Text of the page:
Why am I still concerned with kids and their Pokemon cards? It feels like I've been doing this forever. And if you consider that I have been teaching at this school forever, at least that's what the kids tell me, then it makes sense. Back in 1996, Pokemon cards first became available in Japan. A few years later, they were picked up here in the United States and this fad has continued more or less unabated for the past two decades.
For the uninitiated, Pokemon (pocket monsters) are a shred of Japanese culture that has become a fixture in the hearts and minds of children across the planet. While some trends come and go, this one stuck. World of Warcraft, Legend of the Five Rings, even a Star Wars version of this collectible card game have come and gone while Pokemon reigns supreme.
Kids bring their collections, sometimes in neatly organized binders but mostly in loose stacks that are shoved into jacket pockets or held under desks by the fist full when anyone is looking. They are fetish objects for the elementary set. The power these colorfully painted pieces of paper hold over their holders is frightening. The tears that erupt when cards are lost or ruined, the distractions generated by their mere presence, and the Gollum-esque fixation that comes over kids as they attempt to collect the most obscure and rare is confounding. This past week we had to shut down a black market sales ring that was convening behind our portable classrooms. Boys were selling them to their classmates for a dollar apiece. Considering you can buy a box of one hundred for twenty dollars, that's a pretty steep markup. Which also brings parents down to school to find out why their child's after school snack money has "disappeared" over the past few weeks. It hasn't disappeared so much as been redistributed. Now some of the more entrepreneurial kids will be getting more afternoon snacks. And laughing all the way to the metaphorical bank.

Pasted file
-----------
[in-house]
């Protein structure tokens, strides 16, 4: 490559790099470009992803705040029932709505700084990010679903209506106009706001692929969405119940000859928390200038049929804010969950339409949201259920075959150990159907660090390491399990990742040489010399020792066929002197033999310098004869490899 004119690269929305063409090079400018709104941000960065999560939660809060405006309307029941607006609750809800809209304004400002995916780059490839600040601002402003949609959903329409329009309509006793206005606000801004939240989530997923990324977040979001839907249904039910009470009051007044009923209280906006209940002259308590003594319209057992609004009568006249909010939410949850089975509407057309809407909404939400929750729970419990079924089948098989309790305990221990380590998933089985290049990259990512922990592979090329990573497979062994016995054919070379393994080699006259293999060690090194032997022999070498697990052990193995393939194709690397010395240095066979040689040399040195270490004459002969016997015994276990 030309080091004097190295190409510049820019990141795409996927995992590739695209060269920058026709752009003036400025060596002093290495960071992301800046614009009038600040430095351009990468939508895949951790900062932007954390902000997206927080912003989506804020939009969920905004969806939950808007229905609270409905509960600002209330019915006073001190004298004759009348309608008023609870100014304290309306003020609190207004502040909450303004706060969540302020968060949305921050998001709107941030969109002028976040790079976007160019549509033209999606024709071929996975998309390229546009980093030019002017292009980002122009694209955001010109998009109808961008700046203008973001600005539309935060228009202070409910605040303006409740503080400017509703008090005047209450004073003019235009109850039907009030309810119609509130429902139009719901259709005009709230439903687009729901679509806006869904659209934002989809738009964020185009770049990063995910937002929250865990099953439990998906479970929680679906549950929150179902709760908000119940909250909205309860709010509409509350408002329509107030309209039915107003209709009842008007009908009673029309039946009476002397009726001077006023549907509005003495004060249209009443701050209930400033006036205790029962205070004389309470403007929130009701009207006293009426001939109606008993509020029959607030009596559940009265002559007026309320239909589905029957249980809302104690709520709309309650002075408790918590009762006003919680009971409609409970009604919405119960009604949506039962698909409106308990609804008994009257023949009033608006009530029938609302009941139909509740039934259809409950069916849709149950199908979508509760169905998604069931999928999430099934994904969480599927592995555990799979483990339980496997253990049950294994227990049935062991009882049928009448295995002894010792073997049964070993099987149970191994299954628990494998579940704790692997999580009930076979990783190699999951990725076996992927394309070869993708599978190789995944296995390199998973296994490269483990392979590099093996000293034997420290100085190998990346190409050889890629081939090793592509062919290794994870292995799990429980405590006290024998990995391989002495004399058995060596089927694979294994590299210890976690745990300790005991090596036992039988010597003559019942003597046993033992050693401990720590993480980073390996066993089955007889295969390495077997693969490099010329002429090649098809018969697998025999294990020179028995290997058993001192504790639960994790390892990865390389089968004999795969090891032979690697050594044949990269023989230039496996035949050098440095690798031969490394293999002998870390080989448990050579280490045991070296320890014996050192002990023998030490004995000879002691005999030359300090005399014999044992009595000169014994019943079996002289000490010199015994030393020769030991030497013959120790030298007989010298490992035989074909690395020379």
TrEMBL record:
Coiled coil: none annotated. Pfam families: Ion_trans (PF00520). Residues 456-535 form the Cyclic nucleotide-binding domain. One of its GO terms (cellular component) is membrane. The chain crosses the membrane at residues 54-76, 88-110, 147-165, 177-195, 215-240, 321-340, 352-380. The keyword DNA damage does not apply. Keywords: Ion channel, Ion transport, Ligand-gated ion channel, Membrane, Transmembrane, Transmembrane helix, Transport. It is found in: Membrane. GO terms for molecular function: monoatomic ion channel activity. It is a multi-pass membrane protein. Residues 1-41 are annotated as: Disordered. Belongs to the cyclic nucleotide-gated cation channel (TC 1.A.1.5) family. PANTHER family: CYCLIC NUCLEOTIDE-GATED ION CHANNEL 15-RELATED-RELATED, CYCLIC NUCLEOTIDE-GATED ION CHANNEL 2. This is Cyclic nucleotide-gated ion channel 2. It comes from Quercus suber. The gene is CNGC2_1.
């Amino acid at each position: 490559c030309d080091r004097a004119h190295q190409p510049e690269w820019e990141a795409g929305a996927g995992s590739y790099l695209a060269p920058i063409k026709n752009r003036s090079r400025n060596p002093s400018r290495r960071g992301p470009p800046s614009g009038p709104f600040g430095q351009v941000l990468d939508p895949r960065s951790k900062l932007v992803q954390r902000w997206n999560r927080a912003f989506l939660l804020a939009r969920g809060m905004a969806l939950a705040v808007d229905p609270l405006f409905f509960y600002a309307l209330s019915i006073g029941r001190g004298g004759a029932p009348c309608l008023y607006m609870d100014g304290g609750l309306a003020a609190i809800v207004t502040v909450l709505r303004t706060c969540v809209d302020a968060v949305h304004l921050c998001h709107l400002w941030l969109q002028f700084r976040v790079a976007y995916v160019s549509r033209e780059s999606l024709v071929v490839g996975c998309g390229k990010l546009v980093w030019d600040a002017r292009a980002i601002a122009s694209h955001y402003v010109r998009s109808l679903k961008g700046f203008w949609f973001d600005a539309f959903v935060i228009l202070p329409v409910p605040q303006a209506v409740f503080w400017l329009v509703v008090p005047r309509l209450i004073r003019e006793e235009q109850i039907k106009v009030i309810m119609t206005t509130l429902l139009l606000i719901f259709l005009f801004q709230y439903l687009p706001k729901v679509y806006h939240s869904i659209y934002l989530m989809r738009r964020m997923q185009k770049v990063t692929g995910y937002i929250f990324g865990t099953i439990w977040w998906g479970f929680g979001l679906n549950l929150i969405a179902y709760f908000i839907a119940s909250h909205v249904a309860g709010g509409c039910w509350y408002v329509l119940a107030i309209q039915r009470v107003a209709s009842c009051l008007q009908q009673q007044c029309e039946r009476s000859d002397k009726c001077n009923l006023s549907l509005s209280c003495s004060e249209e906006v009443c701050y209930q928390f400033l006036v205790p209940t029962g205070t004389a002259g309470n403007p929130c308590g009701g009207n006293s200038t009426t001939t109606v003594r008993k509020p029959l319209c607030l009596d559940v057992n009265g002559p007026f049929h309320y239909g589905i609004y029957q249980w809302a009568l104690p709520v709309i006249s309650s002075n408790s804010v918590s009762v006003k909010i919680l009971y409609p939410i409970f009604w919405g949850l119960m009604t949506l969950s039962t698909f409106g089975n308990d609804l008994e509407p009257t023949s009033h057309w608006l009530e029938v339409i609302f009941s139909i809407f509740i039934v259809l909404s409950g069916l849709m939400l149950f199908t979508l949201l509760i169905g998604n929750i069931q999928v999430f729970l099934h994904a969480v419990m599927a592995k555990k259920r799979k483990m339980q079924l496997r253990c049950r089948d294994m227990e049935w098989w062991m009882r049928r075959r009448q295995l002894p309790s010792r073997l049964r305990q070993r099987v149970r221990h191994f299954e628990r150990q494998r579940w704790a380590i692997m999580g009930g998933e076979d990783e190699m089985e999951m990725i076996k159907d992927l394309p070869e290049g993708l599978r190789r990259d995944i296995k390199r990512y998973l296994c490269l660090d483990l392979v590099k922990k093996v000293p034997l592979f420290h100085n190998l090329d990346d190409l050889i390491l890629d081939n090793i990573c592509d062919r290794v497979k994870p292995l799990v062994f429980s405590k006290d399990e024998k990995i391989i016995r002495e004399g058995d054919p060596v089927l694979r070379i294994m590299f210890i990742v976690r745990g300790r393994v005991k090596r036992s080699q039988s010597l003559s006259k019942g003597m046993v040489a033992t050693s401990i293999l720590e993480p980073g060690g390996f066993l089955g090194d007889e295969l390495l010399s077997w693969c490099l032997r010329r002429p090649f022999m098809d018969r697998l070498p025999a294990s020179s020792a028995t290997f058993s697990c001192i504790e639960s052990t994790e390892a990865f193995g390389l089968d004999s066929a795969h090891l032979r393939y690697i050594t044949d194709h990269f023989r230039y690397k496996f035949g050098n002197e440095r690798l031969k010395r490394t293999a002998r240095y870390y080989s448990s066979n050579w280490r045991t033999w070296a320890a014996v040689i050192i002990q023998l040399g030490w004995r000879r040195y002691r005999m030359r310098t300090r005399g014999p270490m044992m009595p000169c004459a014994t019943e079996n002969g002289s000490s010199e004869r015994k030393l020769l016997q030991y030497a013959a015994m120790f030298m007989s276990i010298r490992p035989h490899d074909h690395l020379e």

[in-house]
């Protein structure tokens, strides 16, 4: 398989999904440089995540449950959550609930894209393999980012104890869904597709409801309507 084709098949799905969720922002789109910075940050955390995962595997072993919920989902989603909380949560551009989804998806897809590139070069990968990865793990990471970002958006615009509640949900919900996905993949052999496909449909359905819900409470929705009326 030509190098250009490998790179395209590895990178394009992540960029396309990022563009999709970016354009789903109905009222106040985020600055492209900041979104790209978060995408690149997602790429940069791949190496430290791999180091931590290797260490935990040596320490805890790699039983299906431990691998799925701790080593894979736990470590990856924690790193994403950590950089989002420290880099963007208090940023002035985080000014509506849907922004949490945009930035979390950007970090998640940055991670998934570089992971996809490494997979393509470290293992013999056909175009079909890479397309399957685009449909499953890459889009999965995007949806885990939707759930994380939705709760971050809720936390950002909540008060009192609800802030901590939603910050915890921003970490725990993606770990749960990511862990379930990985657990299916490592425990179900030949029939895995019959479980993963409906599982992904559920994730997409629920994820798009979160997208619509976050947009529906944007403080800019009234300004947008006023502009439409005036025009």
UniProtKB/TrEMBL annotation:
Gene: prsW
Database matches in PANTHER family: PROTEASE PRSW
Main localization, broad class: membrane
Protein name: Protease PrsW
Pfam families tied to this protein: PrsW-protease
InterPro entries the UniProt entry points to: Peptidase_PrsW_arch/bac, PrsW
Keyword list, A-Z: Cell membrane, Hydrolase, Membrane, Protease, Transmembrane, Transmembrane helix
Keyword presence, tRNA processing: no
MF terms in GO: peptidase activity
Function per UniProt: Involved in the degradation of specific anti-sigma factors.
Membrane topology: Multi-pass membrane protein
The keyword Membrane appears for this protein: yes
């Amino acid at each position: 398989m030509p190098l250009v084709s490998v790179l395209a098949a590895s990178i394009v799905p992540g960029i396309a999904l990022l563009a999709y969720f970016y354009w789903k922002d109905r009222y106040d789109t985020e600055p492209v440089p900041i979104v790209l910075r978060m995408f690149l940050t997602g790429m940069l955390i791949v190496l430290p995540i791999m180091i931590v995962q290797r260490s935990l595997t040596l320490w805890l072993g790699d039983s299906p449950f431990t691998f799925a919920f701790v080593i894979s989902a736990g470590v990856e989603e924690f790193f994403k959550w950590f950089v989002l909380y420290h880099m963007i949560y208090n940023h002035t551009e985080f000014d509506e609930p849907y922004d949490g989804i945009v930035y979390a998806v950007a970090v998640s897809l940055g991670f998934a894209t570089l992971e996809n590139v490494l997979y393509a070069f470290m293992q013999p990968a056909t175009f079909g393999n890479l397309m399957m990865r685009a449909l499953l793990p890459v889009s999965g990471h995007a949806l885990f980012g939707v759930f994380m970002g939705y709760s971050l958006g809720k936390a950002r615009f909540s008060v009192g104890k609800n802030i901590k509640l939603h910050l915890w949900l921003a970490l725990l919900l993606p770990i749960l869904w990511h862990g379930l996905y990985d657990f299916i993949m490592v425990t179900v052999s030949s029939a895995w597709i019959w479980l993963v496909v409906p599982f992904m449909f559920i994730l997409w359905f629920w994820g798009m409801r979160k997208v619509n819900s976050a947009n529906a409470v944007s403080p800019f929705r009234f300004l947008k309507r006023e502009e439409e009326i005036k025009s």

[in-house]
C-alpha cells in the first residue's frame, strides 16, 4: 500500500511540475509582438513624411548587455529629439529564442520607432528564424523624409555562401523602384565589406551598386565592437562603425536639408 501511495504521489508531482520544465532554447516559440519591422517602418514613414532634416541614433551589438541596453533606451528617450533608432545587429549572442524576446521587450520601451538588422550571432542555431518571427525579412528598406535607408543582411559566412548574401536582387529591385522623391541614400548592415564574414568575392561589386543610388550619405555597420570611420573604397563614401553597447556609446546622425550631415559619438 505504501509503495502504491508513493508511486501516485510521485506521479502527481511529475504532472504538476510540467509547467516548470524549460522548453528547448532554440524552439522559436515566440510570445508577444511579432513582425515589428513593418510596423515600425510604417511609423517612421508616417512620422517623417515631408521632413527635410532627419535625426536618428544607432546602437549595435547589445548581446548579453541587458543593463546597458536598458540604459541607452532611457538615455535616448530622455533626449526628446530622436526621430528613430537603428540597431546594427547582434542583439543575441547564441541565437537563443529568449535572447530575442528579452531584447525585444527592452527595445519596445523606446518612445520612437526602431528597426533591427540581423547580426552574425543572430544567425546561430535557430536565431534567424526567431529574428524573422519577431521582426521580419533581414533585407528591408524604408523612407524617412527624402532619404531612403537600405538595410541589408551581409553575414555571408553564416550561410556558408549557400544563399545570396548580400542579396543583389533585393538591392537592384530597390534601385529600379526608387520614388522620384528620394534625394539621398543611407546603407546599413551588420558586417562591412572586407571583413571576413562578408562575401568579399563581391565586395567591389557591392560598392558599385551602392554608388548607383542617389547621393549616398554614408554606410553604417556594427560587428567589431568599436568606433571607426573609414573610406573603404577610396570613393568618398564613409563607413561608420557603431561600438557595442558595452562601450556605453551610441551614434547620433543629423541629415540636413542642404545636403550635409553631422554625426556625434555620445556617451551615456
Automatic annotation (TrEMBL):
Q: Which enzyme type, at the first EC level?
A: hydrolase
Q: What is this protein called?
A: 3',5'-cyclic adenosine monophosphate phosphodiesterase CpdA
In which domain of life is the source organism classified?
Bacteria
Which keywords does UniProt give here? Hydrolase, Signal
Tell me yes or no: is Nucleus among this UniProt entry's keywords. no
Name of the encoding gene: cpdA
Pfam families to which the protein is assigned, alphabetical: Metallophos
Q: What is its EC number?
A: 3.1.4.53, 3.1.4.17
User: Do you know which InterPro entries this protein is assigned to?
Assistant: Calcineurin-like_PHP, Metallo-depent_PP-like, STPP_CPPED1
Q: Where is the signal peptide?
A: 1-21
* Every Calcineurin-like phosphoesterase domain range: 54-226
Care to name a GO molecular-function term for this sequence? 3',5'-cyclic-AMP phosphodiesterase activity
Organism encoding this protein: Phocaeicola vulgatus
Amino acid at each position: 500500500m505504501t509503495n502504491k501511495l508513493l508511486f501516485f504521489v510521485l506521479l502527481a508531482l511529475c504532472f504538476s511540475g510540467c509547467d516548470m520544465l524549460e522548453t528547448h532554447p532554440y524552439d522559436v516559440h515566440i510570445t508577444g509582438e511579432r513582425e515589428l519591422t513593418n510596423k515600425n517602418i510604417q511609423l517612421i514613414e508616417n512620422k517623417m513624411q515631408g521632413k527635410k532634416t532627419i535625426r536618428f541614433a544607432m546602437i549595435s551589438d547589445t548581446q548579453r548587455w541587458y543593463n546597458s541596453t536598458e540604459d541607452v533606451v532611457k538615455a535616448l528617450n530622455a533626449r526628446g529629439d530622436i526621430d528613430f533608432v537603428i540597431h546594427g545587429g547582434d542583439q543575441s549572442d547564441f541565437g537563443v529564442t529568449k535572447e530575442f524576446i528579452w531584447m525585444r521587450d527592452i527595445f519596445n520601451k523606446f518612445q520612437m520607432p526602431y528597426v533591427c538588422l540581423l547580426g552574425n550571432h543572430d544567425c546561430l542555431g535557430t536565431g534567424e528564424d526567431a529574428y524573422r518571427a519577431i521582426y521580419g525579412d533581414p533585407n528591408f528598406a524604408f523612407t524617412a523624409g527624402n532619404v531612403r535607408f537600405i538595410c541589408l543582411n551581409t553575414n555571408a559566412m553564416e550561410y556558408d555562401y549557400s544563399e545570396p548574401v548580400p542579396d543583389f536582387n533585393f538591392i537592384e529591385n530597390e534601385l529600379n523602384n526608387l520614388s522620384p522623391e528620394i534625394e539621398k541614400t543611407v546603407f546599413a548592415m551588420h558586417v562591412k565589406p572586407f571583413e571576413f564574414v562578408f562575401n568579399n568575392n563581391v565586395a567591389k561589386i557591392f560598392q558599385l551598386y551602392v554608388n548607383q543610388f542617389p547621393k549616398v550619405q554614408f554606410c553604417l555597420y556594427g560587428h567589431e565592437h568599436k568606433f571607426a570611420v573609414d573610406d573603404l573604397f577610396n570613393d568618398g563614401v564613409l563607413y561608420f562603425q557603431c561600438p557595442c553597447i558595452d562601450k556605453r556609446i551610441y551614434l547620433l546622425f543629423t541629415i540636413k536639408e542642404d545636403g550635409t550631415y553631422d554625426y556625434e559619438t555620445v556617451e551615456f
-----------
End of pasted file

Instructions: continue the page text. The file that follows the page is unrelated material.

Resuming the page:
So while the weeping will continue until we round up every last one and stick them in ziploc bags to be picked up at the end of school, it will be the job of every adult to keep an eye out for those furtive glances and fists stuck inside pockets. Because we weren't busy doing anything else.